Rondo CLT is named after Rondo Avenue, a main commercial corridor that was renamed Concordia Avenue during the construction of Interstate 94. The construction dislocated many long-term residents and fractured the predominantly African American Rondo neighborhood.
In 1989 a resident task force initiated by the Summit-University Planning Council explored successful methods of preserving housing affordability. The task force recommended the land trust model as a way to keep housing affordable for future generations. At the conclusion of their work, both the Summit-University and Lexington-Hamline Community Councils voted to endorse the creation of the first community land trust in Minnesota and in 1993, Rondo CLT was incorporated as a non-profit organization to serve these communities.
After nearly ten years of success in the Summit-University and Lexington-Hamline neighborhoods, Rondo CLT expanded the land trust’s service area to include all of St. Paul and later to include Suburban Ramsey County.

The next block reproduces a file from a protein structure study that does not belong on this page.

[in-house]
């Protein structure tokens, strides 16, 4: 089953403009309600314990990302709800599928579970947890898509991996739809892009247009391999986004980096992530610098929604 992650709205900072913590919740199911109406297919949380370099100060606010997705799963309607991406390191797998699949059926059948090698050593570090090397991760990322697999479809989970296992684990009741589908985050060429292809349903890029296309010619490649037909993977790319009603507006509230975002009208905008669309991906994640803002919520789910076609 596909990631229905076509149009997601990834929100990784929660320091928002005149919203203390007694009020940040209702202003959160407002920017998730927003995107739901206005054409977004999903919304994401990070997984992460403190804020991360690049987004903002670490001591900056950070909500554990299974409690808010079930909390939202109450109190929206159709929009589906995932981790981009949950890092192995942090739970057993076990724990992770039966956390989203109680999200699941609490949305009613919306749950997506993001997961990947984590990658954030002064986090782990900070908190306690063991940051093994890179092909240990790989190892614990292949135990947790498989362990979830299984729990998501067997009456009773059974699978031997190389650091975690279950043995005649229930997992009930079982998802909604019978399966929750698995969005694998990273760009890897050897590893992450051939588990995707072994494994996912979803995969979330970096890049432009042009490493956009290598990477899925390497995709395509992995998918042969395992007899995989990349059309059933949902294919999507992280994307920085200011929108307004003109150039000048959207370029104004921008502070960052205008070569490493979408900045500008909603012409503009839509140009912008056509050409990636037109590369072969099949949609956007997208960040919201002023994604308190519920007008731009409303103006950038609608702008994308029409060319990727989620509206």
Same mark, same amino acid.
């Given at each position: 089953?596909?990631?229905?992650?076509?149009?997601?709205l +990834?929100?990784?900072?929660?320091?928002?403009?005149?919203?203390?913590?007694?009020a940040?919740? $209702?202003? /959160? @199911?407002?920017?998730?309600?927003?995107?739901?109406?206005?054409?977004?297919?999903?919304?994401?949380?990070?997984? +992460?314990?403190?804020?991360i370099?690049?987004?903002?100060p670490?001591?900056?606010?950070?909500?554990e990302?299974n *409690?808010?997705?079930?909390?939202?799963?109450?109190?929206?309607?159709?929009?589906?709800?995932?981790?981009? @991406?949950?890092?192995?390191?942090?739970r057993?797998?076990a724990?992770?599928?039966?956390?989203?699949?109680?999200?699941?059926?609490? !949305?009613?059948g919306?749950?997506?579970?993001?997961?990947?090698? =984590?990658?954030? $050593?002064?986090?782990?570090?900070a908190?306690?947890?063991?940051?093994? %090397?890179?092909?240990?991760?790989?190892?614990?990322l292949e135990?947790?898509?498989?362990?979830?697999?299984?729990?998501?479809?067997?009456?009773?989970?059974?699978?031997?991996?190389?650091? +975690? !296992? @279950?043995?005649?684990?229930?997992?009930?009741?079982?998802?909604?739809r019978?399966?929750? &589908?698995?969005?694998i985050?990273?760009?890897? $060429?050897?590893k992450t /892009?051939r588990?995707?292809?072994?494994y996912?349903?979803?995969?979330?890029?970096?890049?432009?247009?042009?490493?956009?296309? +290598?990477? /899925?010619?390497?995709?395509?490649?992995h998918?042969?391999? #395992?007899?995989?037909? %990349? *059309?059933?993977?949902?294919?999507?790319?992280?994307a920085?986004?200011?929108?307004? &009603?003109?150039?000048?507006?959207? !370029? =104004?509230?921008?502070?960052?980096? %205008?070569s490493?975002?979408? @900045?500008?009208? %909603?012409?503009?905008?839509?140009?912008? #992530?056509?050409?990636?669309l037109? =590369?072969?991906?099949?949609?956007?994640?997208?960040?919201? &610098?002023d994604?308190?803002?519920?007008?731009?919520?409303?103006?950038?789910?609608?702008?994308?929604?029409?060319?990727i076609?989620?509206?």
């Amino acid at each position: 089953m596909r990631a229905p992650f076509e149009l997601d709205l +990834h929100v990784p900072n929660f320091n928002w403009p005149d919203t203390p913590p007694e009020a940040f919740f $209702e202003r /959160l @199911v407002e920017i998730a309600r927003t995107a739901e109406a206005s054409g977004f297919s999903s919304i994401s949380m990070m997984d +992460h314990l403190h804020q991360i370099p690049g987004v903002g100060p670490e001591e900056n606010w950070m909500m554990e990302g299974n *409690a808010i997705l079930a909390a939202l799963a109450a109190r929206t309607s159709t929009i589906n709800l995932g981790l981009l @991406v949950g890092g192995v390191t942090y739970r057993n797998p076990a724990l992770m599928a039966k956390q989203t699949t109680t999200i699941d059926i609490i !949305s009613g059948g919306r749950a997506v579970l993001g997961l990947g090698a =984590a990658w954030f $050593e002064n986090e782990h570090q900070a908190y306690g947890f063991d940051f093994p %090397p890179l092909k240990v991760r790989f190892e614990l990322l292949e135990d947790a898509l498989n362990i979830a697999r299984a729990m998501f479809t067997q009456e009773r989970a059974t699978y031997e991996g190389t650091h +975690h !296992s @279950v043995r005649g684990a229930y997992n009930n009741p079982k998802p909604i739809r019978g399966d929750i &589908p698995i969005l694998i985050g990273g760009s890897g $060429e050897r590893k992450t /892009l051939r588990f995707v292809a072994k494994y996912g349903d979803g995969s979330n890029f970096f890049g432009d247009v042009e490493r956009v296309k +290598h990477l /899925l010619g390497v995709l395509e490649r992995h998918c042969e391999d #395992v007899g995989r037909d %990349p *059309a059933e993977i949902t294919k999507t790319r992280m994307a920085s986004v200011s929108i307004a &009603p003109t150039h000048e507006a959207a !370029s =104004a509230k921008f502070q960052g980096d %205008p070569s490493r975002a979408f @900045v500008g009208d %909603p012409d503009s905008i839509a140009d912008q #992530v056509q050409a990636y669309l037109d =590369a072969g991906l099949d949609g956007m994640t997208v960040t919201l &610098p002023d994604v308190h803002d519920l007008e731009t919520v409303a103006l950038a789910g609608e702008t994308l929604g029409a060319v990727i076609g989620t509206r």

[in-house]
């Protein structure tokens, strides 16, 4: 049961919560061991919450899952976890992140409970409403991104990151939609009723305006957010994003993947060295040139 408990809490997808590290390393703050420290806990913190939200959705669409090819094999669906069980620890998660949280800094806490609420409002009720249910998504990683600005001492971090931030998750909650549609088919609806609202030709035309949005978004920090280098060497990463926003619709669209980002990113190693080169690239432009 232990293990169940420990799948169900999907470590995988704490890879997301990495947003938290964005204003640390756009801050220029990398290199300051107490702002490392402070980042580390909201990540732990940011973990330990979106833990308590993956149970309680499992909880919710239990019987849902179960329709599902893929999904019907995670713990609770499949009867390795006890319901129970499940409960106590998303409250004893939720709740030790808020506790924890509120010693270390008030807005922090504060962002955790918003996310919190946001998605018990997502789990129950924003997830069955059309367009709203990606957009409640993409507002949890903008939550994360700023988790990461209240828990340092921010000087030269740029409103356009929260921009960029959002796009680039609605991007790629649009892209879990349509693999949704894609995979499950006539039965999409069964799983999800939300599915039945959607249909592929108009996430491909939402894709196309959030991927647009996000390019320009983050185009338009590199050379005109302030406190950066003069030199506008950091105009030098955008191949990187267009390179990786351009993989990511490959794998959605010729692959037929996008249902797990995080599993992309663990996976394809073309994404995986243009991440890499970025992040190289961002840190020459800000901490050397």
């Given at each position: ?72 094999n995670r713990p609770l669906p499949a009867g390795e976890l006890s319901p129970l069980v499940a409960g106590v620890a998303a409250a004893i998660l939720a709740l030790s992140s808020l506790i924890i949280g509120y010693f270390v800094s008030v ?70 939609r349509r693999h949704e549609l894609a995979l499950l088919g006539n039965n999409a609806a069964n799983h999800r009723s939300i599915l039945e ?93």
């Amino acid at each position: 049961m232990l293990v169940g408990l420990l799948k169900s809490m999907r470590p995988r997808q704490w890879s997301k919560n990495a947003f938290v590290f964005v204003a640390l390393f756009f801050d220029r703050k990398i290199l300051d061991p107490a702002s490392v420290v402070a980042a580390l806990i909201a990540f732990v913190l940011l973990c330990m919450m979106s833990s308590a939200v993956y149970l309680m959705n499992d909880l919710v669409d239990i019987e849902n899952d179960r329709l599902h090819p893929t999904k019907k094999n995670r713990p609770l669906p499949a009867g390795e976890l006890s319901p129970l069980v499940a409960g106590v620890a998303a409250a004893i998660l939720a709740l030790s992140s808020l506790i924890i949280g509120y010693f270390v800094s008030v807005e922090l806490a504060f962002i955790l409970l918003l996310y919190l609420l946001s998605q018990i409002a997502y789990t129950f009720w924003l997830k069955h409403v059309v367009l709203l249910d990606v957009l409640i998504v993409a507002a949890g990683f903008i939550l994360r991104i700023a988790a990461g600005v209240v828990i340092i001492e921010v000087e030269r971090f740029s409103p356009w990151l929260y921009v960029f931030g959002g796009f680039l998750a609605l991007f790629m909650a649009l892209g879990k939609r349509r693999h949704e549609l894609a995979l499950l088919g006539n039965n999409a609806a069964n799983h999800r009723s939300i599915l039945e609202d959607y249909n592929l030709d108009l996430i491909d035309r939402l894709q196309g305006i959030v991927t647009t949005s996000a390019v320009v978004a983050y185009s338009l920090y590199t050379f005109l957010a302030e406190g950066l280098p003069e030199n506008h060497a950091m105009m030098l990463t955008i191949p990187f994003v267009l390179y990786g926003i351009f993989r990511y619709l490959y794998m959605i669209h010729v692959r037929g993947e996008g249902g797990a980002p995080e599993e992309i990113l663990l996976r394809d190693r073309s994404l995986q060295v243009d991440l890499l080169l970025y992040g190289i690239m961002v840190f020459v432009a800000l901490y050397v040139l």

Most recently, Rondo CLT became the first commercial land trust in Minnesota. Based on the success of the land trust model in homeownership, Rondo CLT developed a land trust model for affordable commercial space. The project was conceptualized as an anti-gentrification measure for local area businesses in an effort to retain and stabilize small businesses on the Selby Avenue Commercial Corridor.
For 30 years, Rondo CLT has successfully developed affordable housing for modest-income households in St. Paul, Minnesota. As part of its vision, Rondo CLT has remained dedicated to addressing priorities as set by the community and exploring innovative development methods. The current economic environment coupled with a holistic approach towards neighborhood stabilization has led Rondo CLT to develop new projects that emphasize flexibility and collaboration. These projects range from economic development to neighborhood beautification but woven throughout each initiative is Rondo’s commitment to improving the quality of life of community members for which the organization serves.